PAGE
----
Issued: 27th February 2019
By Patrick “Snowhunter” Thorne
Our latest roundup of snow conditions around the world. Each section that follows below goes into detail country by country. Clicking the map thumbnail will take you to our dynamic snow forecast map for the latest detail (where you can also overlay live weather & reported conditions). Weather outlooks for Europe and North America can be found at the end of this roundup.
Sunshine and unseasonably warm spring-like temperatures have been the order of the day for a third week in much of Europe; certainly the Alps, Dolomites
Across the Atlantic, it is a very different picture. It has been dumping down from coast to coast in North America and on the Pacific Coast, in particular. The February snow totals are staggering with some resorts reporting 4–5
Elsewhere in Europe, Scandinavia has continued to enjoy some snowy days; at least in Norway and Sweden. Whilst Scotland continues to suffer from record-breaking warm temperatures for February allowing them to only open small beginner areas thanks solely to all-weather snow-making machines.
It’s much snowier across in North America though where there were big snowfalls in the west once again with some areas in BC, Utah
Austria was the only country of the big four alpine nations to see fresh snowfall in the past week, with the regions of Salzburgerland and Upper Austria seeing the biggest accumulations during last week. More recently, the Steiermark region posted snow falling over the weekend. The Loser ski area (160/480cm), above Altausee, moved above the country’s glacier areas to take the current deepest snow base in Austria position after it received 39cm (a foot) of fresh snow. This being the first new snow for over a fortnight it was very welcome, particularly for those missing fresh powder for their free-riding. But as most Austrian ski areas have deep bases the lack of new snow isn’t a problem elsewhere in the country in terms of on-piste cover.
We are into a third mostly dry, warm and sunny week on French ski slopes (although change is around the corner; see our weather outlook). On-piste conditions could do with a freshen up but remain basically sound with deep bases allowing resorts to open all groomed runs at most of the country’s ski areas. The thaw has reduced bases by 20-30cm over the past few weeks but that’s less than 10% of the snowpack for most. The deepest base is still reported down in the Pyrenees at Cauterets (260/370cm), whilst in the Alps, most of the bigger areas have at least two
As with France another snowless week in Switzerland although Andermatt (60/600cm) is maintaining its world’s deepest upper slope base depth claim, although the rest level stat has diminished. Engelberg (55/555cm) has reduced their claimed upper slope base depth figure by 20cm to reflect the thaw, moving Mammoth (381/572cm) up into second place for the planet, at present. As was widely reported, one very unfortunate result of the warm weather after the heavy snow, was a major avalanche in Crans Montana last week which killed one man and injured several others. Unusually, it crossed a piste and did so when the official danger level had been reduced from a moderate level 3 to next-to-lowest level 2. Investigations are on-going.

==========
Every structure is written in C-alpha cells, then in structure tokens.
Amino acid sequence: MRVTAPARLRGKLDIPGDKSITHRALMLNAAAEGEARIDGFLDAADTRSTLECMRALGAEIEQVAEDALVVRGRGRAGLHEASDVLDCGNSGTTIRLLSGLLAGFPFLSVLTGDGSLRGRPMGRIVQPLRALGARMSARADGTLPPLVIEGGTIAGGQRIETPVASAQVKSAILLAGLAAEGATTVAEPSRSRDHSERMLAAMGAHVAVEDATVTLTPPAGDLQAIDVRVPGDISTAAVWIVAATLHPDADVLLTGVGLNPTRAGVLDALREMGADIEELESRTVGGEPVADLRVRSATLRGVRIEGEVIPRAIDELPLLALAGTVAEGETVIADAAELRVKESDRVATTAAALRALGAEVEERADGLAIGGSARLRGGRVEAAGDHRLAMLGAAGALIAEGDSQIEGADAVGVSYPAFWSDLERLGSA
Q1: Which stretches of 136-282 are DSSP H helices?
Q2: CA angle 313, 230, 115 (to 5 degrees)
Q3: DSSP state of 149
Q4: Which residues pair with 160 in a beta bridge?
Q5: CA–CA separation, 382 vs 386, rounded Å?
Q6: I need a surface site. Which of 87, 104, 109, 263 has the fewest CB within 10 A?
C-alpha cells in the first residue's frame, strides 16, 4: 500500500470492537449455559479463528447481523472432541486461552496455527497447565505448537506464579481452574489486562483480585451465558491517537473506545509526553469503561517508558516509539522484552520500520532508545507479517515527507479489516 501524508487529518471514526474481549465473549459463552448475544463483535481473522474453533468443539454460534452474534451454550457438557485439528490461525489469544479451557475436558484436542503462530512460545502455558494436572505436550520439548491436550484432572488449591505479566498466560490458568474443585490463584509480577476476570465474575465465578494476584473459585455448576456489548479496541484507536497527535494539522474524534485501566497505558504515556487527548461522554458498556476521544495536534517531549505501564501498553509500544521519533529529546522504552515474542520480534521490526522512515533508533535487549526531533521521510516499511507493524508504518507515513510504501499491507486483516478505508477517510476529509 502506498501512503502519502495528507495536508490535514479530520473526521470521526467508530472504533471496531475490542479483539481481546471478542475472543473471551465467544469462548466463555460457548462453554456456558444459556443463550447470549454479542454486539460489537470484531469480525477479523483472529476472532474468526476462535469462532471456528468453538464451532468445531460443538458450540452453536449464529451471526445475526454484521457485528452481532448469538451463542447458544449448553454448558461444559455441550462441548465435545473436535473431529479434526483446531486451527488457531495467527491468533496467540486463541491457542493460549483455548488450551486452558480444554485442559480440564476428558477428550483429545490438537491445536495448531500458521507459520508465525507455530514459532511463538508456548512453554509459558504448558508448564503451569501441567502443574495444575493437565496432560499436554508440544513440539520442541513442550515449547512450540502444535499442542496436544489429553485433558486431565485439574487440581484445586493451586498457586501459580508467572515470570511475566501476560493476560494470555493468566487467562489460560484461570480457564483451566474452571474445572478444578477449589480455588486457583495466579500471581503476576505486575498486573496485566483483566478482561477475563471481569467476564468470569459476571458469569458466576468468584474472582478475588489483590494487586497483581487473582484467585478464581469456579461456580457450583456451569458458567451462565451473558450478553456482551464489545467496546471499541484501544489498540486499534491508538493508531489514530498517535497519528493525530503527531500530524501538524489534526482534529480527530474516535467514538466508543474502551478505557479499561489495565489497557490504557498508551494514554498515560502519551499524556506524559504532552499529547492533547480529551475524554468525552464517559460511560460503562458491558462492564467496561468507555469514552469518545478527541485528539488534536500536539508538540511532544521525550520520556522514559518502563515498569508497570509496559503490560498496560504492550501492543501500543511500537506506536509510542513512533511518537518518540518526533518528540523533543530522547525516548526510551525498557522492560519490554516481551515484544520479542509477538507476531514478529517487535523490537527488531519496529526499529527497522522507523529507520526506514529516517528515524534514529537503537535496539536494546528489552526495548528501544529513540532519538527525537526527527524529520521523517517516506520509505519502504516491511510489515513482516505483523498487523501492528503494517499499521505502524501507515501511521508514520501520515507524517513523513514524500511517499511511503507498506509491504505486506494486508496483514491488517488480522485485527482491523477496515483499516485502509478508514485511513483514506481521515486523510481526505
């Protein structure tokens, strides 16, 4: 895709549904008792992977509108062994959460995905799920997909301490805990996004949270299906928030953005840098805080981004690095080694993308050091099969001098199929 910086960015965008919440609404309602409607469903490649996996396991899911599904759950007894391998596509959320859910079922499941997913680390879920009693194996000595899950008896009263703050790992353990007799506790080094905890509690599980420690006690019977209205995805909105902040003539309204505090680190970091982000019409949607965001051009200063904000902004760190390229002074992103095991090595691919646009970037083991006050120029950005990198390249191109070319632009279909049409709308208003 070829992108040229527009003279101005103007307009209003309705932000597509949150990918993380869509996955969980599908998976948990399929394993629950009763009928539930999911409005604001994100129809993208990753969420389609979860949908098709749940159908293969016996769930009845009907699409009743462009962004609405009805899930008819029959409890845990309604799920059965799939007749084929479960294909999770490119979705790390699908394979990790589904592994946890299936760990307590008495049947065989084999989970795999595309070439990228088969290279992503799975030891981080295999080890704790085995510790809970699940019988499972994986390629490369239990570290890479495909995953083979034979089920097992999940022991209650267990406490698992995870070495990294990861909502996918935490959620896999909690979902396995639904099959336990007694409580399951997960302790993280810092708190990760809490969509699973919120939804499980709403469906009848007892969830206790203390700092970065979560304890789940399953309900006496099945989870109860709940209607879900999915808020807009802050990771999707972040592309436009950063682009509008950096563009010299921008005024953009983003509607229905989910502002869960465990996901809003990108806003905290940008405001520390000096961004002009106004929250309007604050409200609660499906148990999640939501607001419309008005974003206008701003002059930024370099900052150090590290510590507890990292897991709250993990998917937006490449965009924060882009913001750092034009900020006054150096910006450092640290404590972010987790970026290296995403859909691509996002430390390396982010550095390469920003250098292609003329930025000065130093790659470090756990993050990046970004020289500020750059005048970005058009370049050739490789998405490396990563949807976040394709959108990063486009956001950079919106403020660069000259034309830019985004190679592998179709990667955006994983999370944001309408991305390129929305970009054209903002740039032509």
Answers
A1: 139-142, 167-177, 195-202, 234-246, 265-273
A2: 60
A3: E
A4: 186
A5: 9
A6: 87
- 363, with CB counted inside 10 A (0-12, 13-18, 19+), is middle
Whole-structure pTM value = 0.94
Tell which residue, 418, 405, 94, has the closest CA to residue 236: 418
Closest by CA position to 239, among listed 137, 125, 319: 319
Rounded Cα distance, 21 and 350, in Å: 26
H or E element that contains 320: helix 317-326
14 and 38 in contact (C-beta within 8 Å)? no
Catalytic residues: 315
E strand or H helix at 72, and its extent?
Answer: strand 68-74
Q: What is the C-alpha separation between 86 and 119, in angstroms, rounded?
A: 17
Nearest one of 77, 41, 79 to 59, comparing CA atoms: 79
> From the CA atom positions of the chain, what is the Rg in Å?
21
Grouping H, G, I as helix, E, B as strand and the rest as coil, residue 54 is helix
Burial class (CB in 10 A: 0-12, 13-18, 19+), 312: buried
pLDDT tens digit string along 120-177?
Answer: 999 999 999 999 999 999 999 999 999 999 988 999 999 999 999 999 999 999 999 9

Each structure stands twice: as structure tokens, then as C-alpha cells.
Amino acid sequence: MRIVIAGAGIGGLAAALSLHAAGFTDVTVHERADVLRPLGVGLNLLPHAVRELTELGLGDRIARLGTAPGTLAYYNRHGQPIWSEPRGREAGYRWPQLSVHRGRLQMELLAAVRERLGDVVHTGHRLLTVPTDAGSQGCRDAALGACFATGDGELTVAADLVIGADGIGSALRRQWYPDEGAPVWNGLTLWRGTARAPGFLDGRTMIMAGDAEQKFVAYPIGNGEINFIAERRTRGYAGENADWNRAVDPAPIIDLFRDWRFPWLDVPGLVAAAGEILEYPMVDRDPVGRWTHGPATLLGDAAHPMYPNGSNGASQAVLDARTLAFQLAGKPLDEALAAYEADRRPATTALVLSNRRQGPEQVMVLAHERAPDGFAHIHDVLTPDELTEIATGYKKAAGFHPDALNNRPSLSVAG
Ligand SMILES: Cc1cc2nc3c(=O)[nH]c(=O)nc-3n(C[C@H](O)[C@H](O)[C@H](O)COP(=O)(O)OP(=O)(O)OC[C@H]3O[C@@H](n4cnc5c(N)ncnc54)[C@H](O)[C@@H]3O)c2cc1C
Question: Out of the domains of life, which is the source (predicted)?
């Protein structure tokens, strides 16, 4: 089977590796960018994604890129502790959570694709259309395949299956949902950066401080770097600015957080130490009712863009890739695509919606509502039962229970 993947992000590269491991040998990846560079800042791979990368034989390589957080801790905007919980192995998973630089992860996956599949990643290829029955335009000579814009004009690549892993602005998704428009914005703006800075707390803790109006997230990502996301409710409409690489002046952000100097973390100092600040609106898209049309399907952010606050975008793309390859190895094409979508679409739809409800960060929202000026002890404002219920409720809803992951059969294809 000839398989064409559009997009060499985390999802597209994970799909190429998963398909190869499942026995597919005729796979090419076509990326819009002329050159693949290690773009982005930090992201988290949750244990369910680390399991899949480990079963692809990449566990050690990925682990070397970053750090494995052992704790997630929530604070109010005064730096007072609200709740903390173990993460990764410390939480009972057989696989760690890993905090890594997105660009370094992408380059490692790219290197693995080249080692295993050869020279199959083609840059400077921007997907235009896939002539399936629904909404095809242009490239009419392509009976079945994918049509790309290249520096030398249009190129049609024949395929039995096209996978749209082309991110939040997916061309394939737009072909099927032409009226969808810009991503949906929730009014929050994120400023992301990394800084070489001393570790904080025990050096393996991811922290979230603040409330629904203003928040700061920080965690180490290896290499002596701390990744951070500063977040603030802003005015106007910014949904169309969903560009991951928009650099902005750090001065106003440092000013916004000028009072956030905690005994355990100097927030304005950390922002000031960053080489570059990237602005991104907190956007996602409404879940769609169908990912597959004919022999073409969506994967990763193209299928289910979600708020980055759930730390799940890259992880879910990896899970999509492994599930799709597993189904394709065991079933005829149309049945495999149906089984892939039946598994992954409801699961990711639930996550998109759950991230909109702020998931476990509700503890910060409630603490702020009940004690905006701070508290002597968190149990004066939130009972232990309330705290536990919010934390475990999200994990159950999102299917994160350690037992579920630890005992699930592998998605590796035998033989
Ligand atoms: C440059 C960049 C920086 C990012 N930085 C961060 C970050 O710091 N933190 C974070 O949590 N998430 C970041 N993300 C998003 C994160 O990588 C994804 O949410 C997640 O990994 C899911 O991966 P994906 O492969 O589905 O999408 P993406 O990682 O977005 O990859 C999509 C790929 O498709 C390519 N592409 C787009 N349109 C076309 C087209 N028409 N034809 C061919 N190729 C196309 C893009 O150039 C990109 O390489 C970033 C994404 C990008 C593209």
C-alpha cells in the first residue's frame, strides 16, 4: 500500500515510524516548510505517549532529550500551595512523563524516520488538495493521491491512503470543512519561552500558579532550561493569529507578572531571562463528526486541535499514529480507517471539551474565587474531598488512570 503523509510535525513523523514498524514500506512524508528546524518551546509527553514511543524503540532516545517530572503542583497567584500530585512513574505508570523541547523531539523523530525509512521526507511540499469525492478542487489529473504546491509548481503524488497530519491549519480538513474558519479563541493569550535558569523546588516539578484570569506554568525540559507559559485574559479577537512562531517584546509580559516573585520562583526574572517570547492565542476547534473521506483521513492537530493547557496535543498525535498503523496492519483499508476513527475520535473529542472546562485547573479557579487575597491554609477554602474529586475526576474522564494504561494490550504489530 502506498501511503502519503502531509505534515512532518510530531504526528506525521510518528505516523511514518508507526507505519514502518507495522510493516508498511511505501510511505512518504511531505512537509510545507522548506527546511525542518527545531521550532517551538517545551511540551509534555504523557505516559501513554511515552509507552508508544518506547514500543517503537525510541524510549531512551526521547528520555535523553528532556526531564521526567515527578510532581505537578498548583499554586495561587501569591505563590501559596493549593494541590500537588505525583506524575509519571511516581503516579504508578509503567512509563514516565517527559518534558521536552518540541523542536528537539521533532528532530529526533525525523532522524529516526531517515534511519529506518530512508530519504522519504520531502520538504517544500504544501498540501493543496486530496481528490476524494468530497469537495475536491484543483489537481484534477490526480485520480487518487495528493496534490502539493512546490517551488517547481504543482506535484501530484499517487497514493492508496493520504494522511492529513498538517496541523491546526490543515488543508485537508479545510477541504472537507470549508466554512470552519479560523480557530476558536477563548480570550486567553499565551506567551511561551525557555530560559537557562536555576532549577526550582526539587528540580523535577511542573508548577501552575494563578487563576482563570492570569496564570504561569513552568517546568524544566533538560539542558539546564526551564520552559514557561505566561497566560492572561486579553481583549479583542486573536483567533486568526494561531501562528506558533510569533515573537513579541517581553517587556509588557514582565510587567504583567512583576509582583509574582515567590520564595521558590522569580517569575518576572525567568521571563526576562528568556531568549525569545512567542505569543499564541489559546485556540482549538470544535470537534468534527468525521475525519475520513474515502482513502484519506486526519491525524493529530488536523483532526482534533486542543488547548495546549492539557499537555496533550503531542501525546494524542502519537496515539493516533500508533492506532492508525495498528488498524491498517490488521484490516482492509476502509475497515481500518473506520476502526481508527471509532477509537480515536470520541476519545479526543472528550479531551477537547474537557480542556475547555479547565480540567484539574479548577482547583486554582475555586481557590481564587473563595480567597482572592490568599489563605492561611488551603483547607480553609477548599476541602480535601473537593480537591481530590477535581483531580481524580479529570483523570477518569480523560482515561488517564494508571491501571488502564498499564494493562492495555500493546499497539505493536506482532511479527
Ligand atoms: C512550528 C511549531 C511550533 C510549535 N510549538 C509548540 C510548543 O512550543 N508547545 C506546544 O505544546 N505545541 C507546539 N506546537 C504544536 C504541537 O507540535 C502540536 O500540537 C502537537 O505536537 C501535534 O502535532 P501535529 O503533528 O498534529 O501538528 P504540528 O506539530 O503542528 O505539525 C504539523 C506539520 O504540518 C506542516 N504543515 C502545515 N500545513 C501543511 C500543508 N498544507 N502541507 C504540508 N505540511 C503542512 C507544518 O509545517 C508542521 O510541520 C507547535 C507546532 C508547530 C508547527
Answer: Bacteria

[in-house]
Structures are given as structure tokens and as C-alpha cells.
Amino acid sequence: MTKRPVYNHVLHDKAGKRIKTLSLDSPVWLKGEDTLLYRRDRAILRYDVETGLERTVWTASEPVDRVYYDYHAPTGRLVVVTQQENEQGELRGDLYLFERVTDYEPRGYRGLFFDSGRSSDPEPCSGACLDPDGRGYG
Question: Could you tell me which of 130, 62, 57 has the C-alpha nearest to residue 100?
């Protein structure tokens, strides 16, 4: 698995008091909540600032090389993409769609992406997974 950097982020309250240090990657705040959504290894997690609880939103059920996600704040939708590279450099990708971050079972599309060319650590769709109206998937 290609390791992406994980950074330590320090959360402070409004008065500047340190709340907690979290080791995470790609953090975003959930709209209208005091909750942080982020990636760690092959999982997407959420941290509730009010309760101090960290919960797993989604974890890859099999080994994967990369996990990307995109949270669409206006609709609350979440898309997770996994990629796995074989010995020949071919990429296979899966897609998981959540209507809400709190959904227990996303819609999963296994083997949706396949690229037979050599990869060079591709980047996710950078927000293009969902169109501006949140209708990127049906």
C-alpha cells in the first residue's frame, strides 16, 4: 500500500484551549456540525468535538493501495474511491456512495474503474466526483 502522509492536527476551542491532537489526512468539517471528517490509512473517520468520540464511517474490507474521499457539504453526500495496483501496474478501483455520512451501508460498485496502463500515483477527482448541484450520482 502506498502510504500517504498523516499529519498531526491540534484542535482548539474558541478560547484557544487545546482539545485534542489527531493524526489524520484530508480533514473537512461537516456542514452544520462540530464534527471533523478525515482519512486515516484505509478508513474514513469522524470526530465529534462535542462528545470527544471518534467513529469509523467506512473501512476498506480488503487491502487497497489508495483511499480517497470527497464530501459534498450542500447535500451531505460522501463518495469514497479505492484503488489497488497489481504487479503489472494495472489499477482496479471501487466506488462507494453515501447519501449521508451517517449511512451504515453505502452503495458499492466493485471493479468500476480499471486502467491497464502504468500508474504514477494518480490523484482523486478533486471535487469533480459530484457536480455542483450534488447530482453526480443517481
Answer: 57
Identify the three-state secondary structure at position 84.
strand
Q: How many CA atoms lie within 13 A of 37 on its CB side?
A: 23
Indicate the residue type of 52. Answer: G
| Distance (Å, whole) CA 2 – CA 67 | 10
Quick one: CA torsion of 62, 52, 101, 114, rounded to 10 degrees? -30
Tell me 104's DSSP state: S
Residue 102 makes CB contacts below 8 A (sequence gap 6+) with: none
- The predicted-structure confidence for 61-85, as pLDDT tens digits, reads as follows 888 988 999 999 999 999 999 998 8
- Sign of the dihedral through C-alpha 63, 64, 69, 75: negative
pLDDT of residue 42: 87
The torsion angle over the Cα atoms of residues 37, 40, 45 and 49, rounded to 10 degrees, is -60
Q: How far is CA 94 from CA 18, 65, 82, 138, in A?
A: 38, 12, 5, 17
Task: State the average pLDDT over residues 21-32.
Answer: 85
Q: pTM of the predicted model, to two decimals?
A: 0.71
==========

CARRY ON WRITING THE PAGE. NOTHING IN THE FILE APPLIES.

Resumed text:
A dry week for Italy too with strong sunshine on the slopes across the country. Again here, almost all ski areas are fully open with skiers enjoying good on-piste conditions, particularly in the morning before it really warms up. As with the rest of Europe, things are looking like they will begin to cool down at last later this week with some snow in the forecast (see weather outlook below).
With the culmination of the World Cup racing season, the finals, coming up fast in Soldeu (70/150cm) the lack of fresh snow for another week and the ongoing lack of fresh snow on the horizon, means it is looking like the racecourses should be nice and hard-packed for the world’s best racers. This is even before the experts start preparing them, unless there is a change. But we’re heading towards a month since the last snowfall now. But all the slopes are open across the principality, base depths healthy and all lifts turning so piste skiers remain fairly happy with conditions, even though a freshen up would certainly be welcome. As in the Alps, temperatures are creeping up above zero during the day-time though so colder weather would be good too,
Scandinavia has continued as the place to be for consistent fresh snowfall through the past week. This is the same as it was the previous week when there was no snow at all elsewhere in Europe. Again, snowfalls have generally been fairly modest: in the 5-15cm range for most resorts, but they’ve kept conditions nice and fresh. The largest accumulations were reported in Western Norway at the end of last week when Voss (90/110cm) reported nearly 50cm of snow in 72 hours. But at the start of this week, the focus has moved to Swedish areas receiving smaller snowfalls. Finland continues to have one of its most challenging seasons in decades. Although some areas have managed to open almost all their runs thanks to snow-making some including the biggest, Levi (30/63cm), still have only half their terrain open.
German ski areas are among the few in Europe to report fresh snow in the past week. Ski resorts primarily in the country’s Oberbayern area, down near the Austrian border, reported fresh snowfall at the end of last week and through the weekend. Once again Germany’s highest slopes on the Zugspitze Glacier (0/400cm) saw the biggest accumulations: 23cm on Friday/Saturday. For most other ski areas it was more like 5-15cm. But in any case, conditions remain good in the country following the very big snowfalls in January.